Mobile apps and mobile websites both benefit the modern marketer. In previous years, however, experts have debated the impact of selecting one over another. Marketing strategies take time to fully form, and not every business impacts customers through multiple channels.
Since 2014, mobile apps have dominated the industry. That said, they aren’t exactly superior to mobile websites. Whether you’re a sole proprietor, a small business owner or a corporation leader, your strategy can benefit from the many technologies currently available to our market. Right now, 52 percent of smartphone users check their devices hourly. Both a mobile website and a mobile app will experience high visibility by your viewers. You should, however, be knowledgeable about the inherent differences between the mobile app and mobile website. Let’s take a closer look:
The Mobile Website
A mobile website is specifically tailored to touch-screen-enabled users. It takes advantage of tablet and smartphone technology to access web browsers, assist navigation and introduce a company’s total offers. Android’s Chrome and iOS’s Safari are popular mobile website browsers, and users commonly conduct searches on these platforms to access mobile websites.
Why Choose a Mobile Website?
A mobile website is highly accessible to consumers. Really, every brand should have a mobile website. Because consumers are prioritizing mobile access over desktop access, mobile websites have become go-to portals for e-commerce and long-term consumer actions.
A mobile website makes regular websites accessible. They capture a brand’s look, feel, images, pages and content in a handheld dimension. It additionally improves functionality and readability. Providers like Google have reworked the industry’s comprehension of SEO, too, formatting modern standards to mobile website browsing. If your brand is creating an e-commerce experience, or if it’s simply forming into a large-scale operation, it definitely needs a mobile website.
The Mobile App
A mobile app, meanwhile, offers utility through the user’s smartphone or tablet. Mobile apps are quite different from mobile websites due to their installation needs. Often acquired through a device’s app marketplace, apps can be better controlled by marketers entering insular environments.
Mobile apps accommodate for 89 percent of every mobile user’s device time. Practically everyone is using mobile applications, and they’re going to use them more after 2016. Mobile apps give businesses the opportunity to host a “private corner” of their branded experience. Because mobile users need to download a mobile app prior to use, businesses have incredible control over device presence.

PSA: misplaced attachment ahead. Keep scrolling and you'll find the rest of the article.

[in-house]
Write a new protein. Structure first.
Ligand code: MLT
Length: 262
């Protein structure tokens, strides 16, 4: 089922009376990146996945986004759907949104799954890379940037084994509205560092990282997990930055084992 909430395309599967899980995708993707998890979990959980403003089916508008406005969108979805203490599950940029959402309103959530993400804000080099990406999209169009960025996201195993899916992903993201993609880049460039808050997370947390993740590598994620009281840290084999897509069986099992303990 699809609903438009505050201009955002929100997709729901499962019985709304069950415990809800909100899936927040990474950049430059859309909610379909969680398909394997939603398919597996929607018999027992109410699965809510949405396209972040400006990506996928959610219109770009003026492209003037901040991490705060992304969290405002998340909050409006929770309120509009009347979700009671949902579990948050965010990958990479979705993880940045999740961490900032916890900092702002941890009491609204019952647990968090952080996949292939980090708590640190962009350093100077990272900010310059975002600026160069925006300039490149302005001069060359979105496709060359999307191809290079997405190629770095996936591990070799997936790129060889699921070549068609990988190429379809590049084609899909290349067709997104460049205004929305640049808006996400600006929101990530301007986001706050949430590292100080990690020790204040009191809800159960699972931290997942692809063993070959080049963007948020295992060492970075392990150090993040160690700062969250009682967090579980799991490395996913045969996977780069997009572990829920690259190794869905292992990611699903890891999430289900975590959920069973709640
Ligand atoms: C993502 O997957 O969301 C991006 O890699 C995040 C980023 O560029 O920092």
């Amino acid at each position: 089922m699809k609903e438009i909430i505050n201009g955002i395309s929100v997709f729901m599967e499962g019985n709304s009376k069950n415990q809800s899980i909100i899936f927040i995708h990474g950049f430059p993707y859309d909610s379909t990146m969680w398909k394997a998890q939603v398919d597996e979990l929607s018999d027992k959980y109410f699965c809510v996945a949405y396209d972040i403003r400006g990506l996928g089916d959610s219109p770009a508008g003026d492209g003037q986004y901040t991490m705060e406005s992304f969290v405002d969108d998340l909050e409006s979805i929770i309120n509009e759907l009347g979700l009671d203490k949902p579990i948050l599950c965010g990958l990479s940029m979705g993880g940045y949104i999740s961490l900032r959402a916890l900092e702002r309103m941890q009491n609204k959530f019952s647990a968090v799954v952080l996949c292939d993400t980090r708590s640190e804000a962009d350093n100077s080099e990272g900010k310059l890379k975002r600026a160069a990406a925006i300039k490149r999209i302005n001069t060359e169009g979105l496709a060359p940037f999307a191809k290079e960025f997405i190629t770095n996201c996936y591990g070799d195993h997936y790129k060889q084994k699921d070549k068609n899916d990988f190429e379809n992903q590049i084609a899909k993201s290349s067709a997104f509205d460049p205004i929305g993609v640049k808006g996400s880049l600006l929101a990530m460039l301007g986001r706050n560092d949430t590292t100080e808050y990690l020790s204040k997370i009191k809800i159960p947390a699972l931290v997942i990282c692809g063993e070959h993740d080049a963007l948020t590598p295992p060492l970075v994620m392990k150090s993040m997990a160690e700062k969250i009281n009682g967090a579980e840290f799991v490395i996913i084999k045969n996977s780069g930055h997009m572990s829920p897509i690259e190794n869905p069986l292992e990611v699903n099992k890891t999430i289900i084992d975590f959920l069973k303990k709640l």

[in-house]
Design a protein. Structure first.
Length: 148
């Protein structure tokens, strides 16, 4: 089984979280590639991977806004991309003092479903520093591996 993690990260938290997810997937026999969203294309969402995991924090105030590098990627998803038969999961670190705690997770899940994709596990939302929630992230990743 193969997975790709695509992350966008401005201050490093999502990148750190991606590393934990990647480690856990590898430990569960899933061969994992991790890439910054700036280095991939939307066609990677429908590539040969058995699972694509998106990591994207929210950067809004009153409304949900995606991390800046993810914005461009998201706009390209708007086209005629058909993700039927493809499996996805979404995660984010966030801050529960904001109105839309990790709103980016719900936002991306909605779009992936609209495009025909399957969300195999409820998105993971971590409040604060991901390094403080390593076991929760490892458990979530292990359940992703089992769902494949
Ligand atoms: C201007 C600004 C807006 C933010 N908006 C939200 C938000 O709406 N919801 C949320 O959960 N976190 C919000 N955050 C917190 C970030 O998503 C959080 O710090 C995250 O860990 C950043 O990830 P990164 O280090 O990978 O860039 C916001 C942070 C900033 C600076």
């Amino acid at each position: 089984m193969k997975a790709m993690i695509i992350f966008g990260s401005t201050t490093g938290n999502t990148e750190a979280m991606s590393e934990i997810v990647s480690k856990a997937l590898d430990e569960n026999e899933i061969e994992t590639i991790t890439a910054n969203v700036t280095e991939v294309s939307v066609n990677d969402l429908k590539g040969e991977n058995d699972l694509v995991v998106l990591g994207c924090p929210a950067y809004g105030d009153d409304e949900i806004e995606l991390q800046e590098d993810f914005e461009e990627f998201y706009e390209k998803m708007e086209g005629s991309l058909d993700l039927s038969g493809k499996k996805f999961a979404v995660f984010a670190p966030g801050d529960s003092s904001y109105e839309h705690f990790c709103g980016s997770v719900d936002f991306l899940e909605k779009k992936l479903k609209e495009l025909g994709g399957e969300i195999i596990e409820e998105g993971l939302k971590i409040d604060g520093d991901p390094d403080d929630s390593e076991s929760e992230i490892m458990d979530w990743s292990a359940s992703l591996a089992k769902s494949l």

Why Choose a Mobile App?
A mobile app offers incomparable brand immersion. Consumers are preferring mobile-centric solutions, and they’re not afraid to engage mobile apps, SMS or mobile email to get them. In fact, solely mobile solutions are incredibly effective. 50 percent of United States consumers buy goods and services immediately after receiving a branded QR code, text or discount. Buyers are sticking to their local devices for brand support.
A mobile app can power a business’s loyalty program. It can also engage users on deeper levels. A restaurant, for example, can increase consumer interaction by creating a food pairings app. Another company can create a mobile payment app to ensure total platform cohesion. Each year, smartphone security increases. Each year, consumers turn to their devices for browsing, purchasing and payment. MMS, too, is changing the mobile app game—and companies are drawing users into their purchased apps via rich multimedia.
Which is Better?
Both the mobile app and mobile website is useful in a business setting. However, a mobile website should always be prioritized by growing businesses and brands engaging e-commerce. The mobile website, in many ways, is a central “hub” for consumer activity. The best part is that your users doesn’t have to download anything extra to access your mobile optimized website. There is plenty of proven marketing strategies to drive raving fans directly to your mobile website and converting them into paying customers.
If your budget allows for it, then an app can be a big add-on to your business presence. But keep in mind there are significantly different strategies to drive interest and downloads for your app. You can do in-app advertisements on similar apps targeting your preferred users. Deep linking is a popular app advertisement strategy that you can execute to boost conversions and ROI.
What do you think of what I’ve covered so far? Will you adopt a mobile website only or app as well? I would love to read your comments below.